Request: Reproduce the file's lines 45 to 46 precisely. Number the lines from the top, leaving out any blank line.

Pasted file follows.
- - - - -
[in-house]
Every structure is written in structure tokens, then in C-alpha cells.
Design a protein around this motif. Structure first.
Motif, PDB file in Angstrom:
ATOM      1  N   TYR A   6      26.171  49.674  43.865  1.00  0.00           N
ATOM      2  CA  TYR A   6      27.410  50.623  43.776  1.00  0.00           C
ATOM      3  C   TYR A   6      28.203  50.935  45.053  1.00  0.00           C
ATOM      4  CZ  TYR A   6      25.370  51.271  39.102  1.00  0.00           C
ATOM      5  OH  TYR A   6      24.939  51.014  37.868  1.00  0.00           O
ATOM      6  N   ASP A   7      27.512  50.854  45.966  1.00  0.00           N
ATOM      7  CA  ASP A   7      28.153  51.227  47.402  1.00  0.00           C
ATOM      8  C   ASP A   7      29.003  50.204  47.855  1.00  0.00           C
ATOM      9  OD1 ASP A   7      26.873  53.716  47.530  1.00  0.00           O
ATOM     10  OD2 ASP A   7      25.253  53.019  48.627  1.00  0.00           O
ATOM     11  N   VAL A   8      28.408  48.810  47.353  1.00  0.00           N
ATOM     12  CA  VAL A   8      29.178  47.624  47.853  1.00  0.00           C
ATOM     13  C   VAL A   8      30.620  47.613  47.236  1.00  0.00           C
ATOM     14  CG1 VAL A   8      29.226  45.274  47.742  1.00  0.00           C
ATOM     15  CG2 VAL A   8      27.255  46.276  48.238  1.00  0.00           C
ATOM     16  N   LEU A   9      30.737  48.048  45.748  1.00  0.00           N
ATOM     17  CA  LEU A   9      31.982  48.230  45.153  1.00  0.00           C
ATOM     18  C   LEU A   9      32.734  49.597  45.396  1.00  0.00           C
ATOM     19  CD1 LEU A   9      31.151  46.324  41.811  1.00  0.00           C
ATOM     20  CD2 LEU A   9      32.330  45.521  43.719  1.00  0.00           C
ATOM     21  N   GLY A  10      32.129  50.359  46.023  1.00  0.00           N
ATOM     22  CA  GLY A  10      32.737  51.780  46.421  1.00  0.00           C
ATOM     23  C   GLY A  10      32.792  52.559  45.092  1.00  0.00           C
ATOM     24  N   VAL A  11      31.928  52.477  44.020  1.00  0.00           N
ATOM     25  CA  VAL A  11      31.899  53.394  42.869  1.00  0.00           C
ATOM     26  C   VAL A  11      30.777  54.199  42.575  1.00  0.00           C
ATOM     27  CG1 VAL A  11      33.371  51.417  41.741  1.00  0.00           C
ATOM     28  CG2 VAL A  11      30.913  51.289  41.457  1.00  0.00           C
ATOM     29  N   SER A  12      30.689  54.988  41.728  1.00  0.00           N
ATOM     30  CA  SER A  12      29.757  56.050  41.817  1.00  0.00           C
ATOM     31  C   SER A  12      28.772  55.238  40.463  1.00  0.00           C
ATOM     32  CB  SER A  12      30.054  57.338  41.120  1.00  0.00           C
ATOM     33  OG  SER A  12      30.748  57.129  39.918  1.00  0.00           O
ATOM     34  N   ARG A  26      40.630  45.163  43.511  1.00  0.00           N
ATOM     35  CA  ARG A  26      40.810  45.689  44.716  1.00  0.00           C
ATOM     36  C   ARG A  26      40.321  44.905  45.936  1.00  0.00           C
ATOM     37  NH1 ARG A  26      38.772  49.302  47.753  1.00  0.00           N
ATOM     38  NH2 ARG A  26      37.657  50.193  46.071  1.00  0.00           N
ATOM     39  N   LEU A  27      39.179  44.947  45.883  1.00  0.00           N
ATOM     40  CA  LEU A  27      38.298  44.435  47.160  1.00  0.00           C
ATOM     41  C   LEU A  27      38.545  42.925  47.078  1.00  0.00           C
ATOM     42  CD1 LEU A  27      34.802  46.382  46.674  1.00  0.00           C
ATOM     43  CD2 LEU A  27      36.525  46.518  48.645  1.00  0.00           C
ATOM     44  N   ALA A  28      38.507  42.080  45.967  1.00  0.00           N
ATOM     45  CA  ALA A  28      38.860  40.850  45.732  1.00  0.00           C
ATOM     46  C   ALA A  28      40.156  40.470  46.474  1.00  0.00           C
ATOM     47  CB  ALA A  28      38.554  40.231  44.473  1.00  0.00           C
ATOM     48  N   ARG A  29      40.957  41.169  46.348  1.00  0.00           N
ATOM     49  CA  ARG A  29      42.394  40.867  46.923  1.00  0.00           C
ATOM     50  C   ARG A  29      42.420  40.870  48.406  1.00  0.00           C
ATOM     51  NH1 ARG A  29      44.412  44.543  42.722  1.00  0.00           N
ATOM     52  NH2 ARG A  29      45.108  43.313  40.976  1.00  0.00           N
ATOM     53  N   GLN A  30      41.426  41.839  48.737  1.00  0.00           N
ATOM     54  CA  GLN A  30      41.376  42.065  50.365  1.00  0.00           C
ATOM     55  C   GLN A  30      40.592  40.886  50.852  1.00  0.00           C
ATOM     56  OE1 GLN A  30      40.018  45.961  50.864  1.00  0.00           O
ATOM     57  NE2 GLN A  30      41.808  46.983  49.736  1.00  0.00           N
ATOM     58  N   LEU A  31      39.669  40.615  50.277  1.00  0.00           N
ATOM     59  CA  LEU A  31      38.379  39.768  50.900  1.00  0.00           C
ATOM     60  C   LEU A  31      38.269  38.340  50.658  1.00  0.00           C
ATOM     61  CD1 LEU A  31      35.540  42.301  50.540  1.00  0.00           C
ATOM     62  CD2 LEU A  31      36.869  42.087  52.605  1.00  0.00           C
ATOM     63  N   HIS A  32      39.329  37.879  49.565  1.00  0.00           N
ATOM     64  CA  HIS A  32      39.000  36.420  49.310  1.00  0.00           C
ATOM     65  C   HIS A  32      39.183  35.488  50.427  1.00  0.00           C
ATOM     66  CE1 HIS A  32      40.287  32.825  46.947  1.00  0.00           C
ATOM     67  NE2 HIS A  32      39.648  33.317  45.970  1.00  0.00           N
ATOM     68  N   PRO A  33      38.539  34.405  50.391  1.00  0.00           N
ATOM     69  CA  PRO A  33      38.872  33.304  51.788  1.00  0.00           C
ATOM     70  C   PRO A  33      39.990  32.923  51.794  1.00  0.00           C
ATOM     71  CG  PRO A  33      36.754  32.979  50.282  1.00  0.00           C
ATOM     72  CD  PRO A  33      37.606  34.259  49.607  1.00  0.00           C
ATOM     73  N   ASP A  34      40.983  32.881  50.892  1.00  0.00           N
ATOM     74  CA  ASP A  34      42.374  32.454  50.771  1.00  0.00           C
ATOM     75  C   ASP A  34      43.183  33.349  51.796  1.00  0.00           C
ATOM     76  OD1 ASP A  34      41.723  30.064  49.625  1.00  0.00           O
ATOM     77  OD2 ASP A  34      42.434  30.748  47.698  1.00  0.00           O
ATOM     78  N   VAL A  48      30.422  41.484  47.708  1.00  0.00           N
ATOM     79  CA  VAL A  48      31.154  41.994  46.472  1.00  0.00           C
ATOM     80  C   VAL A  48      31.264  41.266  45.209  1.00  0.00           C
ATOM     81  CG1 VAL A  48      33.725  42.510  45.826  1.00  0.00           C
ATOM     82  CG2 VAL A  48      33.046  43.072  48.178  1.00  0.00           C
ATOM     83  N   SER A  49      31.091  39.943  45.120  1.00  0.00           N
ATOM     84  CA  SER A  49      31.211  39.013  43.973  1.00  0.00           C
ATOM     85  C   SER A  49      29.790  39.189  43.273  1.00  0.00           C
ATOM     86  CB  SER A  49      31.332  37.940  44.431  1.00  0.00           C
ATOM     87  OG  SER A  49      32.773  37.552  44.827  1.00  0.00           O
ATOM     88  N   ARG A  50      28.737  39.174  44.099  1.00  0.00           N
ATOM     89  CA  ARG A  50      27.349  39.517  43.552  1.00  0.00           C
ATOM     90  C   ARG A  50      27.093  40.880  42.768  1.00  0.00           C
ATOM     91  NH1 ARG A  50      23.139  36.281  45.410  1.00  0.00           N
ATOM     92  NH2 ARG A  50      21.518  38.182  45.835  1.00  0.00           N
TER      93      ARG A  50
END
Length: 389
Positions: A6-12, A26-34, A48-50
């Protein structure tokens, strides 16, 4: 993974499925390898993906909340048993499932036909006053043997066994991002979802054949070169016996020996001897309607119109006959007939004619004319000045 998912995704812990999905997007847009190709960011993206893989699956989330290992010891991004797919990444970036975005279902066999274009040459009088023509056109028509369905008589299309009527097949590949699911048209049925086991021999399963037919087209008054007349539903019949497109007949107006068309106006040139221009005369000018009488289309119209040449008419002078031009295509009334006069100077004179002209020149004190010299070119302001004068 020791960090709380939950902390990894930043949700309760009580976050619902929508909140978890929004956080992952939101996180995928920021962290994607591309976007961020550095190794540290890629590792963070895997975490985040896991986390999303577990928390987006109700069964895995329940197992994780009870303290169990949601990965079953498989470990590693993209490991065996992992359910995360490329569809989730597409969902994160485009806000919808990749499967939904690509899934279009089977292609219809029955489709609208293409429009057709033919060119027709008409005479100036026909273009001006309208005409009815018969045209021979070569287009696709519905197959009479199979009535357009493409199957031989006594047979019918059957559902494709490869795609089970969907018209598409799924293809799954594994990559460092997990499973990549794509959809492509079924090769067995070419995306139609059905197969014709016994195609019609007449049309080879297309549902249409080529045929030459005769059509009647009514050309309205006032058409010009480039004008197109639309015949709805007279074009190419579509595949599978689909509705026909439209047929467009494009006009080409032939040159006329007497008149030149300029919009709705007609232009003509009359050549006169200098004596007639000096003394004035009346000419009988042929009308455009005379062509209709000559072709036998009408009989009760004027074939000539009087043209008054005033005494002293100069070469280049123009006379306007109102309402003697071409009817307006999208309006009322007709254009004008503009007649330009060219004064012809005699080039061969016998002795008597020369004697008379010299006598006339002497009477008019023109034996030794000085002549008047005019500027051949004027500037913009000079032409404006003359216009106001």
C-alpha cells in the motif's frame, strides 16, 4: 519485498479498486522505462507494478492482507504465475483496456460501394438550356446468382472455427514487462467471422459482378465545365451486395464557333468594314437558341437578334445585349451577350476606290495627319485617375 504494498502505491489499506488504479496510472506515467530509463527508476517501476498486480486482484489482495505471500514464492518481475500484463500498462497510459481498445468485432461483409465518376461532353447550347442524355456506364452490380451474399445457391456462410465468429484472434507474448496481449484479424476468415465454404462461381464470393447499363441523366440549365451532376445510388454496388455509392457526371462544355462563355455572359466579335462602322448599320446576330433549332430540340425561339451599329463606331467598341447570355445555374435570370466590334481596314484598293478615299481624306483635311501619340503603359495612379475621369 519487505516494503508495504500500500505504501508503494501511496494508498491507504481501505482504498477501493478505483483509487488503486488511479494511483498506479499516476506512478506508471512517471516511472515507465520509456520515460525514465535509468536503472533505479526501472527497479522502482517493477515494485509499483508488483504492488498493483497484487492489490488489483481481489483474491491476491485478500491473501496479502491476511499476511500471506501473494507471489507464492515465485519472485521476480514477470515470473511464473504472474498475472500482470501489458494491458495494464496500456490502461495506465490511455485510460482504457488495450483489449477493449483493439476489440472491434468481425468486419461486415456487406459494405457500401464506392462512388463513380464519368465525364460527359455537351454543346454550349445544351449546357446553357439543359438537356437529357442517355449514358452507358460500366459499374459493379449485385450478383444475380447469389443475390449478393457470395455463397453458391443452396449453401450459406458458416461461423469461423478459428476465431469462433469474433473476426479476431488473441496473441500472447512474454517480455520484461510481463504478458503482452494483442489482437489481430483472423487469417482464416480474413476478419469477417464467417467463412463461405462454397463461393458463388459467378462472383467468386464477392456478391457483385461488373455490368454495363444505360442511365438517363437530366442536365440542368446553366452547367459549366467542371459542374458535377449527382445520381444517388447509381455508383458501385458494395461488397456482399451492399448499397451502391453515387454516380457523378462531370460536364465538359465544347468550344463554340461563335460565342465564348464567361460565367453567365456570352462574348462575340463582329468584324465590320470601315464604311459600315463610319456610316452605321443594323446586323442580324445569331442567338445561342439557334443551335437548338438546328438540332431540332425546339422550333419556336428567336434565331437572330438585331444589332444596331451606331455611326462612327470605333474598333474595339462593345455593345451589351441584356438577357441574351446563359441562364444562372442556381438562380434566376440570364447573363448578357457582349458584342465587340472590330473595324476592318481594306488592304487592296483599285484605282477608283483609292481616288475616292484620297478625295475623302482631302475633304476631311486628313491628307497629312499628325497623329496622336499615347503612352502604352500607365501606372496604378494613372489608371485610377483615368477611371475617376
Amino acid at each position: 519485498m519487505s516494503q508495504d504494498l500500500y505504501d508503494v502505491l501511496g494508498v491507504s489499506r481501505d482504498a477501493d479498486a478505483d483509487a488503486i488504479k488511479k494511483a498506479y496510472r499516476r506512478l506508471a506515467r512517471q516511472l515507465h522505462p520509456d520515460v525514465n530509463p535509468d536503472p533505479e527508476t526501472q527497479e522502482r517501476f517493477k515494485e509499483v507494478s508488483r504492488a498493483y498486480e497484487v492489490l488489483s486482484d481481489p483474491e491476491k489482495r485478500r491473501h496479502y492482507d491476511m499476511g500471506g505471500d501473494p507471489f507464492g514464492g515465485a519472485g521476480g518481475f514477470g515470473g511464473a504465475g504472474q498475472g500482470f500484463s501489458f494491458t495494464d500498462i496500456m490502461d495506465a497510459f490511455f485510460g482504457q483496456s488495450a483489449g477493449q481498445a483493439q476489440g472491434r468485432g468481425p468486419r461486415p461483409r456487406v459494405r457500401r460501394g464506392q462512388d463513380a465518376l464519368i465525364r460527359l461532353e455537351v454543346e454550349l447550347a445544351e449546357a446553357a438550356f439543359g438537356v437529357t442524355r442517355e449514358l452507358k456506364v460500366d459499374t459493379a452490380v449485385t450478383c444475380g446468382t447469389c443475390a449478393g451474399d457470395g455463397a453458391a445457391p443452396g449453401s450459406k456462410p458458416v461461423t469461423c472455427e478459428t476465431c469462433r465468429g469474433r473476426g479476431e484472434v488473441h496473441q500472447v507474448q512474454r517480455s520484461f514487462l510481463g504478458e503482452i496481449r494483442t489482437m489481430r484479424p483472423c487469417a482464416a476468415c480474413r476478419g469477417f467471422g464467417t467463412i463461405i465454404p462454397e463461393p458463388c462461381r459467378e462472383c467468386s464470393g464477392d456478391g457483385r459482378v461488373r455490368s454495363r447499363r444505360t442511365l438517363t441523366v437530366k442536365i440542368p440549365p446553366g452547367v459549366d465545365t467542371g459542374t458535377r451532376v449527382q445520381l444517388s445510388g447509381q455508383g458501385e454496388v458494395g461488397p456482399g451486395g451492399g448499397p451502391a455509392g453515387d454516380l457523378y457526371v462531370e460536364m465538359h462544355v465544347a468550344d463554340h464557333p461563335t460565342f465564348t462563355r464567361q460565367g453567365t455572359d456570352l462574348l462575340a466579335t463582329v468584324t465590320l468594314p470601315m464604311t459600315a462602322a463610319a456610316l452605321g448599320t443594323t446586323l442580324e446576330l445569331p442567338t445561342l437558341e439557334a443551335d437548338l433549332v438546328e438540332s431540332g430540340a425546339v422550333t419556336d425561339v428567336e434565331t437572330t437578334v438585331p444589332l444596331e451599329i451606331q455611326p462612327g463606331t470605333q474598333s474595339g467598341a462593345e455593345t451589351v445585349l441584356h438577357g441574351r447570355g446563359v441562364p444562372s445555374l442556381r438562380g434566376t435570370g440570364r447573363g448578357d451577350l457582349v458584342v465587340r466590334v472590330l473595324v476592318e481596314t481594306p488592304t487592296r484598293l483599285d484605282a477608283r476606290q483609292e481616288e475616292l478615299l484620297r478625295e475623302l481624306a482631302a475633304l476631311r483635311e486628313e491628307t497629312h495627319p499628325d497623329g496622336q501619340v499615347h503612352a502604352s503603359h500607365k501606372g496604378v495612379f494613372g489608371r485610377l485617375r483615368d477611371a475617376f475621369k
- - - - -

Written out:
ATOM     41  C   LEU A  27      38.545  42.925  47.078  1.00  0.00           C
ATOM     42  CD1 LEU A  27      34.802  46.382  46.674  1.00  0.00           C